Leo and Kathryn Vecellio have sold their waterfront Tudor-style estate designed by Maurice Fatio at 210 Via del Mar for $9.63 million to the Atrium Revocable Trust, with Ted Tarone, a local attorney, as trustee. Paulette Koch and Dana Koch, agents with The Corcoran Group represented the seller, having last listed the property for $11M. K. C. Pickett, associate with the Barrett Welles Property group had the buyer. The Vecellios had already moved to their North County Road oceanfront house last year where they have been otherwise engaged in litigation with the various builders and craftsmen of their reportedly $45 million “dream house.” Since filing in December 2009, the Vecellios suit has involved more than 800 court filings by 17 attorneys representing 23 defendants. According to Mr. Vecellio, in a published report, they have already spent more than $11 million curing the mansion’s various structural defects. The suit has most recently reached the deposition stage. Photos The Corcoran Group.
Fite Shavell agents sell North End house for $3.5 million
Trustees for the Nancy Walsh Revocable Trust sold 202 Indian Road for $3.5 million to Jerry and Barbara Pearlman. Scott Gordon represented the seller, listing the property for $4.95 million; Paula Wittman and Dorita Barrett had the buyers. The five-bedroom Neoclassical-style house comes with deeded beach access.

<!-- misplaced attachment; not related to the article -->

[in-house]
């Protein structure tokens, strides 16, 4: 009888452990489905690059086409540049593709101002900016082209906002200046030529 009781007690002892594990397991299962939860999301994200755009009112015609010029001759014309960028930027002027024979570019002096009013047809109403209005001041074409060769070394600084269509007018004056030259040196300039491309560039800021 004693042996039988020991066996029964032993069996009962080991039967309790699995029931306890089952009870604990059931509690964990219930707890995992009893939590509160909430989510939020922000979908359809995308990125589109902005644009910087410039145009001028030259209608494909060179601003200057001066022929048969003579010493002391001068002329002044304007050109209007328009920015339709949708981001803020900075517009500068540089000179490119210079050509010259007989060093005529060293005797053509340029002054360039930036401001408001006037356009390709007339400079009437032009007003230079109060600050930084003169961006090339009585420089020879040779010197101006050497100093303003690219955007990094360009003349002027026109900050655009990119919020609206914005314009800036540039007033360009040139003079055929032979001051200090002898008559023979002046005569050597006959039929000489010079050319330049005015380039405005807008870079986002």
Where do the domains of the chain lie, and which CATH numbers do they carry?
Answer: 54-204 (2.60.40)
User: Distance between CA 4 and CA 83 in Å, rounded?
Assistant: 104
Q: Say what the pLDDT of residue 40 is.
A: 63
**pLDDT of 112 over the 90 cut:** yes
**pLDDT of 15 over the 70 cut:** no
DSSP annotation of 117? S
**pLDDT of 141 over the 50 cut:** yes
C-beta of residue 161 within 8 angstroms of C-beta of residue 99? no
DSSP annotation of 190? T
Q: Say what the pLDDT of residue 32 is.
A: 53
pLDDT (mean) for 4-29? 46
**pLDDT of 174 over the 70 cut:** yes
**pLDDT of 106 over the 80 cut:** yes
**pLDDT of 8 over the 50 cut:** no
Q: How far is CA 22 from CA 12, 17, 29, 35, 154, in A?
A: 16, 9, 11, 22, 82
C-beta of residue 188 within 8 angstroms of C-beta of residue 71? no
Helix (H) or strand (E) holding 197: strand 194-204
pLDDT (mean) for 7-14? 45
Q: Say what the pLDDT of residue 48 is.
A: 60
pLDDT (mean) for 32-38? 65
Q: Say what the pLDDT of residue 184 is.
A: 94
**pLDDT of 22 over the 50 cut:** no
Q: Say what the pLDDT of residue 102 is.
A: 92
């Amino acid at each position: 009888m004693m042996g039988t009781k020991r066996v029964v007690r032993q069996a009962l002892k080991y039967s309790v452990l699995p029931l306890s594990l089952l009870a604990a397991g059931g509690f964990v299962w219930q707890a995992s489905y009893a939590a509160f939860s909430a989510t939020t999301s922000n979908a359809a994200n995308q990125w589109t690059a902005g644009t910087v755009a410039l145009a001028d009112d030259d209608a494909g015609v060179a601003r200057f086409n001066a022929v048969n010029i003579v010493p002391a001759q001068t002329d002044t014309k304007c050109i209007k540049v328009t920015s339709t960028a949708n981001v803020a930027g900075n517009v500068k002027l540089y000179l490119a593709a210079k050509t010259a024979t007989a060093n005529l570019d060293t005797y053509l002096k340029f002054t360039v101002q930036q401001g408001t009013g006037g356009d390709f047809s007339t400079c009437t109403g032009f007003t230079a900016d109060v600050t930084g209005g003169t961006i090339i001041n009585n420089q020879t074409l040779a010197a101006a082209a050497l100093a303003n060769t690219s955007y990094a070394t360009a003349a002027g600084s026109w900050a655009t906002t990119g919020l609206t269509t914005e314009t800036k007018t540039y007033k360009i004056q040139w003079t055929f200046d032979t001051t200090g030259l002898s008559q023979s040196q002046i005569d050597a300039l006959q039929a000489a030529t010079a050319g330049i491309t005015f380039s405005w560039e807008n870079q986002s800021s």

The Society of the Four Arts pays $5.4M for school building
The Mediterranean-style school building was designed by architect William Manly King in 1929.

The School Board of Palm Beach County has sold its historic school buildings at 240 Cocoanut Row at Seaview Avenue to The Society of the Four Arts for $5.4 million, according to the recorded warranty deed. The Four Arts plans on expanding its children’s activities and Campus on the Lake cultural programs once it completes a $7-$10 million renovation of the property.
The two-story corner building contains approx. 19,000 square feet of space.
125 Seminole sells, again
Being sold for an apparent 40% discount, 125 Seminole LLC, a Ft. Lauderdale-based corporation managed by Frank Mileto, sold 125 Seminole Avenue for $3.3 million to Martin G. Silver, as trustee for the Martin Silver Revocable Trust. According to court records, the seller bought the four bedroom, Smith and Moore-designed, 3,900-square-foot house located in the ocean block from the Taja Realty Trust for $4.67M in March 2008.
Fite Shavell sells Point Manalapan waterfront house for $4 million
Howard and Nancy Greenwood have sold their five bedroom more than 7,000-square-foot Intracoastal-front house to Whitson Investments LP, a Georgia-based LP, for $4,000,000. Bill Quigley, a Fite Shavell associate, had the property listed for $4.995 million. Photo Fite Shavell & Associates.